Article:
The Bain report (p. 100) considered four options - building a replacement reactor, upgrading H I F A R , running H I F A R d o w n , and building a different machine such

as a spallation source - and opted for the first option. The report (p.100) said that more detailed costings of a replacement reactor have been carried out since the RRR. The estimated total is $425 million over the n e w reactor's life of 40 years, which would include construction, operation, maintenance, and decommiss-ioning costs, and that figure would take into account off-setting revenue. The report reproduced without critical commentary s o m e creative accounting

provided by A N S T O to the effect that a saving of $23 million could be m a d e if a decision on a replacement reactor w a s m a d e in mid 1996, instead of waiting the five years recommended by the R R R , because of reduced capital costs, and costs saved by operating H I F A R for two less years. Better still, if in addition to a decision being m a d e in 1996 instead of 1998, the construction schedule for a n e w reactor was reduced from ten to eight years, a total cost saving of $66 million could be made, largely because of savings of $40 million in costs relating to H I F A R . There is no mention of the potential savings of hundreds of millions of dollars by

abandoning the project altogether.

The Bain report did not seriously address the various objections to a new reactor.

For example its comments (p.105) on radioactive waste comprised nothing more than a throw-away c o m m e n t that the disposal of high-level waste is a crucial issue and one which A N S T O should be involved in addressing. The report (p.100) also advanced the circular argument that a n e w reactor would enable the broadening of waste m a n a g e m e n t expertise. The Bain report had even less to say about issues such as the safety and environmental impact of H I F A R or any future reactor.

ANSTO's response to the Bain review was, naturally, to set up another review, this time an internal Mission Review. In response to the Mission Review, several recommendations were implemented by the A N S T O Board including:

• termination and redirection of several research projects to better reflect core activities;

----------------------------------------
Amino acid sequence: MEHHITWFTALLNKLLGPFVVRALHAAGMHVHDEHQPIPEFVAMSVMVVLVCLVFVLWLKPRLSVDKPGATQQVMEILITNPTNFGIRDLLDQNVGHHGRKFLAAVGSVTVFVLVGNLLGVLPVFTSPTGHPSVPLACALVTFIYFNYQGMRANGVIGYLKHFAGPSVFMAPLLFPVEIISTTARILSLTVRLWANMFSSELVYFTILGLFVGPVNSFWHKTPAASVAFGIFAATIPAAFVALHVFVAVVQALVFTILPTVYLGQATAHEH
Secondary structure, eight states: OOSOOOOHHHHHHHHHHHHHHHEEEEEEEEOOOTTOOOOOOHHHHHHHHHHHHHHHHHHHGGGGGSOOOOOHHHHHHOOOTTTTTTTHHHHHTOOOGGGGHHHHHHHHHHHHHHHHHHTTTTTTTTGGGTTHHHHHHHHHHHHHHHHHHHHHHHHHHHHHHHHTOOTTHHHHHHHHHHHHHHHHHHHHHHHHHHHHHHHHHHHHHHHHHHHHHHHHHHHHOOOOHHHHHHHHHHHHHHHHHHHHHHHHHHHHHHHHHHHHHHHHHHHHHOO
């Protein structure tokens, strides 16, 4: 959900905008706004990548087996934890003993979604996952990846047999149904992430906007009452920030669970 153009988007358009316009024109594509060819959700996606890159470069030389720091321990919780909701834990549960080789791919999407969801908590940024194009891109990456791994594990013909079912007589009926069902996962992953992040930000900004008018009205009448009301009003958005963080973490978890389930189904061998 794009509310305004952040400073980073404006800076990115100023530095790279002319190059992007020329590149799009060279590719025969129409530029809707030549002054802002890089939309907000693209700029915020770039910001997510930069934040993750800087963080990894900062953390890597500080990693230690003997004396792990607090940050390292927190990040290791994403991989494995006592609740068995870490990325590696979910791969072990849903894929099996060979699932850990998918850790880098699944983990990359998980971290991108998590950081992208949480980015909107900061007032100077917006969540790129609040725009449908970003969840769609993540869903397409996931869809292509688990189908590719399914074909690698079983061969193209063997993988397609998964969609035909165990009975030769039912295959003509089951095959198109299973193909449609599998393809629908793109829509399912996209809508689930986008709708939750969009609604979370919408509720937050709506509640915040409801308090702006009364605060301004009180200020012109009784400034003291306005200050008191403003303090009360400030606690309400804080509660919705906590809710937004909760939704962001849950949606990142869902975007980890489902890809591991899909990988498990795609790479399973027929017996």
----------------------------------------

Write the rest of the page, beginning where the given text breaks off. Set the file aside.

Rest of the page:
• a series of measures, including capital improvements, to ensure the continuance of Australian Radioisotopes as a business under A N S T O m a n a g e m e n t ;

• continued biomedical research by maintaining 1) a research capability to support the development and production of commercial and potentially commercial radioisotopes and radiopharmaceuticals, and 2) a capacity to produce labelled ligands in support of a national program of emission tomography research;

• the appointment of a Director of Business Collaboration for improved communication with industry and other users of A N S T O ' s research and development and services;

• the appointment of a Canberra Liaison Officer to provide day-to-day

communication with government departments, to better enable A N S T O to stay abreast of political developments and to play a role in shaping nuclear science policy; and

• implementation of a range of structural changes to A N S T O to facilitate improvements in effectiveness and efficiency.

It is notable that ANSTO has maintained its central involvement in medical radioisotope production and nuclear medicine m o r e generally, contrary to the Bain report's recommendation that the Biomedicine and Health research program, Australian Radioisotopes, and the National Medical Cyclotron, be

transferred out of A N S T O . Even if those transfers had taken place, A N S T O would still have a central role in medical radioisotope production for so long as it

operates a reactor, but all the same it is to be expected that A N S T O will maintain as significant a role in nuclear medicine as it possibly can given that such activities provide an important ideological buffer against nuclear critics.